A Virginia law that makes doctors criminally liable for performing the "most common" form of second trimester abortion was upheld by the Fourth Circuit Court of Appeals, the Center for Reproductive Rights announced today. In a release, the Center observed, the 6-5 majority "acknowledged that the ban will, in some
circumstances, force physicians to stop a previability abortion mid-procedure,
to the jeopardy of the patient’s health and well-being." In other words, if a doctor is conducting an abortion, and the procedure in question is called for, he or she may have to stop the abortion in order to comply with the ban. "“Forcing doctors to
compromise women’s health for the sake of a previable fetus with no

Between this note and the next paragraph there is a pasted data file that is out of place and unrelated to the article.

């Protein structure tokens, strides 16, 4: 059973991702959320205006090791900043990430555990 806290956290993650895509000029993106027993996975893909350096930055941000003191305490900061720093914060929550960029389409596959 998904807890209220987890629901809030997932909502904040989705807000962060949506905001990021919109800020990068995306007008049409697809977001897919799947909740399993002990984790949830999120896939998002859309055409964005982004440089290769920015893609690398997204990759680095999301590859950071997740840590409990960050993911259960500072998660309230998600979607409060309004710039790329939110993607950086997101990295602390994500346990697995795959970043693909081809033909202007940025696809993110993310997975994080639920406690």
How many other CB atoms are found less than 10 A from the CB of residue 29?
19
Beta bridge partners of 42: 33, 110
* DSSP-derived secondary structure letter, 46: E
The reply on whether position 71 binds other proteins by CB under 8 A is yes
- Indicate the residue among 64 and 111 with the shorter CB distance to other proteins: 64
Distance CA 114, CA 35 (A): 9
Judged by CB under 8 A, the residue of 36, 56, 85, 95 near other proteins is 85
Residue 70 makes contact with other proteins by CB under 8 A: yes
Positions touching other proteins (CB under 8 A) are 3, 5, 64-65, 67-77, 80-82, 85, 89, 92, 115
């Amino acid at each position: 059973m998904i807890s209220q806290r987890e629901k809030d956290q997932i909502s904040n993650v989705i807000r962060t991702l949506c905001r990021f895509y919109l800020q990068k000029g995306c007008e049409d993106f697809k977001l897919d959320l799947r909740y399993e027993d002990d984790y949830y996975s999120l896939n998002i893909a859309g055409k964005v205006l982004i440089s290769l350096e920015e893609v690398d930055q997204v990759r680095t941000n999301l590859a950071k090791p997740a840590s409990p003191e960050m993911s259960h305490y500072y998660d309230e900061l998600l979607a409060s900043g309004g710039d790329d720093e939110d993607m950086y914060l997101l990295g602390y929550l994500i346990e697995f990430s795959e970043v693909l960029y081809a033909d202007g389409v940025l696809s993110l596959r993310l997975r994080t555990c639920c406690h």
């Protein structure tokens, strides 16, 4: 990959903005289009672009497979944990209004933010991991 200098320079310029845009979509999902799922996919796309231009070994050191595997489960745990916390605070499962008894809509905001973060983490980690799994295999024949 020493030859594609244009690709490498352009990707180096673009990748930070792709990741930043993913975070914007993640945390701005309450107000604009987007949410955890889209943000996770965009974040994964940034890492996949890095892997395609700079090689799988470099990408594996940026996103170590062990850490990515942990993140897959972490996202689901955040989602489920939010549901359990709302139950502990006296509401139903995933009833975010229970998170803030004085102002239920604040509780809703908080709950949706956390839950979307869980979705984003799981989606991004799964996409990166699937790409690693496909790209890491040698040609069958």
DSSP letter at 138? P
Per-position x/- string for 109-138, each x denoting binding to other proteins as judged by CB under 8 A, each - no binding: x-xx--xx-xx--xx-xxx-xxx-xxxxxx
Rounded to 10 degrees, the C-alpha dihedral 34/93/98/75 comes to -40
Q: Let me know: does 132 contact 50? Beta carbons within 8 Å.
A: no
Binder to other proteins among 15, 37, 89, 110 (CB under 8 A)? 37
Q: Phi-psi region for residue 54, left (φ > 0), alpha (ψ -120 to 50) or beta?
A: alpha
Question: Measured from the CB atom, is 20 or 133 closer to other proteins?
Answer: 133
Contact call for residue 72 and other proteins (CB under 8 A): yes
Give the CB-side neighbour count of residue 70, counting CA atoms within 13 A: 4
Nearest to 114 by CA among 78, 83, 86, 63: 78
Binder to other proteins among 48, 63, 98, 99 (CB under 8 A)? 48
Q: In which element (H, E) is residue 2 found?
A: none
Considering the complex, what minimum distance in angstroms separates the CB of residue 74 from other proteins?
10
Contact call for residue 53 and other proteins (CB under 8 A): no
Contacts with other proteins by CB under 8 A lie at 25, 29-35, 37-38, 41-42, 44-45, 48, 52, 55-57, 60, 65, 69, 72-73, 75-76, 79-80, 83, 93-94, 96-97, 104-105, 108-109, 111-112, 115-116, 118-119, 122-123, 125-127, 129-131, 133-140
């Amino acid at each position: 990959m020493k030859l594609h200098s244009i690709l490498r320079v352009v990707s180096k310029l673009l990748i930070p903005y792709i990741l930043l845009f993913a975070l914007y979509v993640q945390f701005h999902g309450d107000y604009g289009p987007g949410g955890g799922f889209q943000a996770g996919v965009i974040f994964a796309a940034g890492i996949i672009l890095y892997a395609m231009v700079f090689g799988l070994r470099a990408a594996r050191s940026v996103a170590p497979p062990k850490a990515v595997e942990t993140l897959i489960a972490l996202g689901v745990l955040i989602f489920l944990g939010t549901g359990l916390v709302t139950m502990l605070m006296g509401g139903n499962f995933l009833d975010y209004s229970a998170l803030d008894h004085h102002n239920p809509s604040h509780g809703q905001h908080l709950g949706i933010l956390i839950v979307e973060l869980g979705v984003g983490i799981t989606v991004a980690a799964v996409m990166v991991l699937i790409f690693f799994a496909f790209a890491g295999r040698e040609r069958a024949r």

potential for survival is an outrage," said the Center’s Stephanie Toti, who argued the case.
Background on this challenge from the Center:
In 2007, the Supreme Court
ordered the Fourth Circuit to re-evaluate the constitutionality of the Virginia
law after it upheld a more narrow federal ban in the Center’s case Gonzales v.
Carhart. In May of 2008, a
three-judge panel of the Fourth Circuit struck down the Virginia law finding
that it was substantially broader than the federal law, such that “every
time” a doctor set out to perform any standard second trimester abortion,
"he faces the unavoidable risk of criminal prosecution, conviction, and
Dionne Scott, a spokesperson for the Center, says the Center has not decided whether or not appeal the decision.